Tuesday, September 18, 2012

Beautiful Creatures Review

Beautiful Creatures by Kami Garcia and Margaret Stohl

Lena Duchannes is unlike anyone the small Southern town of Gatlin has ever seen, and she's struggling to conceal her power and a curse that has haunted her family for generations. But even within the overgrown gardens, murky swamps and crumbling graveyards of the forgotten South, a secret cannot stay hidden forever.

Ethan Wate, who has been counting the months until he can escape from Gatlin, is haunted by dreams of a beautiful girl he has never met. When Lena moves into the town's oldest and most infamous plantation, Ethan is inexplicably drawn to her and determined to uncover the connection between them.

In a town with no surprises, one secret could change everything.

4 out of 5 stars

Beautiful Creatures is the first book in the Caster Chronicles series.

Ethan has been dreaming of a girl. He doesn't know her, but he's desperately trying to save her. When Lena, the niece of the local shut-in, moves to town, he knows that she is the girl in his dreams. As he gets to know her, he finds out her secrets and a world he didn't know existed. Still, he falls in love, risking more than just his standing with his peers.

I liked Ethan. It was refreshing to read a book with a male character, especially one that was not a social outcast when the book started.  He was a regular guy with a regular life. Even as he started to change, it seemed real... like how his friends didn't automatically dump him, but gave him chances to conform first. Lena was a more typical of this genre- the girl who doesn't fit in because she's not one of the sheep-like blonde girls- but it was told from the opposite side, making it feel less stale.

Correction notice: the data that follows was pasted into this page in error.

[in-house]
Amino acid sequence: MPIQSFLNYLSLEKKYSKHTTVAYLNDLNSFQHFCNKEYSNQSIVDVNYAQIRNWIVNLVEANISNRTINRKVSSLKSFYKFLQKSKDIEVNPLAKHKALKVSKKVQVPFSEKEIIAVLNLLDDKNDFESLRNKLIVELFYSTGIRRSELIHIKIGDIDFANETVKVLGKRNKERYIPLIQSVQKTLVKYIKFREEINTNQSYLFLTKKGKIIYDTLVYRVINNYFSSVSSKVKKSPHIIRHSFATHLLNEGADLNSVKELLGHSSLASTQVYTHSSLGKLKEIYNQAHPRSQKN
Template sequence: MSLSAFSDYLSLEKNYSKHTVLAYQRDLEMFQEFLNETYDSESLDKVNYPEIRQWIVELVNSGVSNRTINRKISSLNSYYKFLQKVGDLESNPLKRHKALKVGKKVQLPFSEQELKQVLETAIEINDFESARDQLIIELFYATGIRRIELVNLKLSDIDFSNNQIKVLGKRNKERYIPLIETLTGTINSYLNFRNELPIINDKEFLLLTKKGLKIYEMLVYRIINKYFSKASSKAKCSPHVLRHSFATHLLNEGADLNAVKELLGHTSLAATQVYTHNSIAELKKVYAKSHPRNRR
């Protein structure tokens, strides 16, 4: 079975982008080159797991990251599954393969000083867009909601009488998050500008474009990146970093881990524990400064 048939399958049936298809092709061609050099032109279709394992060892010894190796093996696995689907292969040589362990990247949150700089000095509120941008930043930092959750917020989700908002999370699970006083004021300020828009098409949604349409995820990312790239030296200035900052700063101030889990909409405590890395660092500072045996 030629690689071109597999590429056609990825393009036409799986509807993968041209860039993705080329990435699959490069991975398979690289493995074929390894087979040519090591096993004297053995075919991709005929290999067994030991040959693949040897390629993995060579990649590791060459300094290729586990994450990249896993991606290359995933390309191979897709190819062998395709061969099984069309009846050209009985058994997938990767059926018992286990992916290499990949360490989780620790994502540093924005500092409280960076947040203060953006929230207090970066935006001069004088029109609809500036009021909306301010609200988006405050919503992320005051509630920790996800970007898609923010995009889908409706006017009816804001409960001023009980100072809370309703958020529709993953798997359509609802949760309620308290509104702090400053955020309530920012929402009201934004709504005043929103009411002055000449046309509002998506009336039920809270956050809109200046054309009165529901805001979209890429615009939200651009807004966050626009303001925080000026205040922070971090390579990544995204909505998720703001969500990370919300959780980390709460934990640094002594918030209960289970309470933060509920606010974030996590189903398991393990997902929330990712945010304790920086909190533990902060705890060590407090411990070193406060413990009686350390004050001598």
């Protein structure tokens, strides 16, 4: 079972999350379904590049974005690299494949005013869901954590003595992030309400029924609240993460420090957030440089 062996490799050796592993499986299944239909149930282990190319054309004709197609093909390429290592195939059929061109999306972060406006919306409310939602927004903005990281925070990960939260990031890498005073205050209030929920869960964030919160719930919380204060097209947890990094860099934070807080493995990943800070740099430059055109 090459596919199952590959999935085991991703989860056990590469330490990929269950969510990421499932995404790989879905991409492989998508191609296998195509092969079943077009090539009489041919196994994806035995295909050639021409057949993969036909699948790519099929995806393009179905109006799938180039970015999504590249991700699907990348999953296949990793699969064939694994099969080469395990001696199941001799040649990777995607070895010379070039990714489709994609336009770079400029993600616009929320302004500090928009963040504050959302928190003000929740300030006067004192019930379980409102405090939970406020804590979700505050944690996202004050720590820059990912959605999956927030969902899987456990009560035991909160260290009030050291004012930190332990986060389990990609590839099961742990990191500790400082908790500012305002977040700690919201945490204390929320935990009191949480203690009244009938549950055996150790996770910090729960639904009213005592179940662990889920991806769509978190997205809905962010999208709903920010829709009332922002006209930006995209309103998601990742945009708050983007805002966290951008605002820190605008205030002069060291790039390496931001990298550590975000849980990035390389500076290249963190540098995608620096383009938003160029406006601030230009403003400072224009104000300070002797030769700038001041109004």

I know that some people don't agree, but I also didn't really feel like this was a case of instalove. It felt more real than that. Sure, Ethan was dreaming about a girl and, even before he met her, felt like there was a connection. It was only natural that he want to get to know her when he finds out she is real. I particularly liked that he wasn't really interested in her outside the "Hey, it's a new girl. We don't get a lot of those." interest that everyone had until he knew that she was the girl in his dreams. And while he was interested in her from the beginning, I feel like the actual love came a little later. I also felt like defying his friends wasn't all about Lena, but also about him and his feelings that didn't have to do with her.

The writing was also nice. It was really descriptive without being overly flowery. I found myself taking more time to read without skimming. The authors also did a good job of creating the town. I could actually picture it and the people in it, though they did seem stereotypical. I live in the south and I can't think of a town anywhere around that's the way Gatlin and it's people are described. While I know people that have yet to upgrade from VHS and think that 80s hair is fashionable, I don't know of any place where they have yet to move on from 1860. Maybe there are towns that are that small and insular, but it's not what I would say is typical.

I really liked this book. There characters were good and the story was interesting. While it did drag slightly when they spent so much time researching, I didn't get bored and feel like skimming.

*Picture and description from Goodreads

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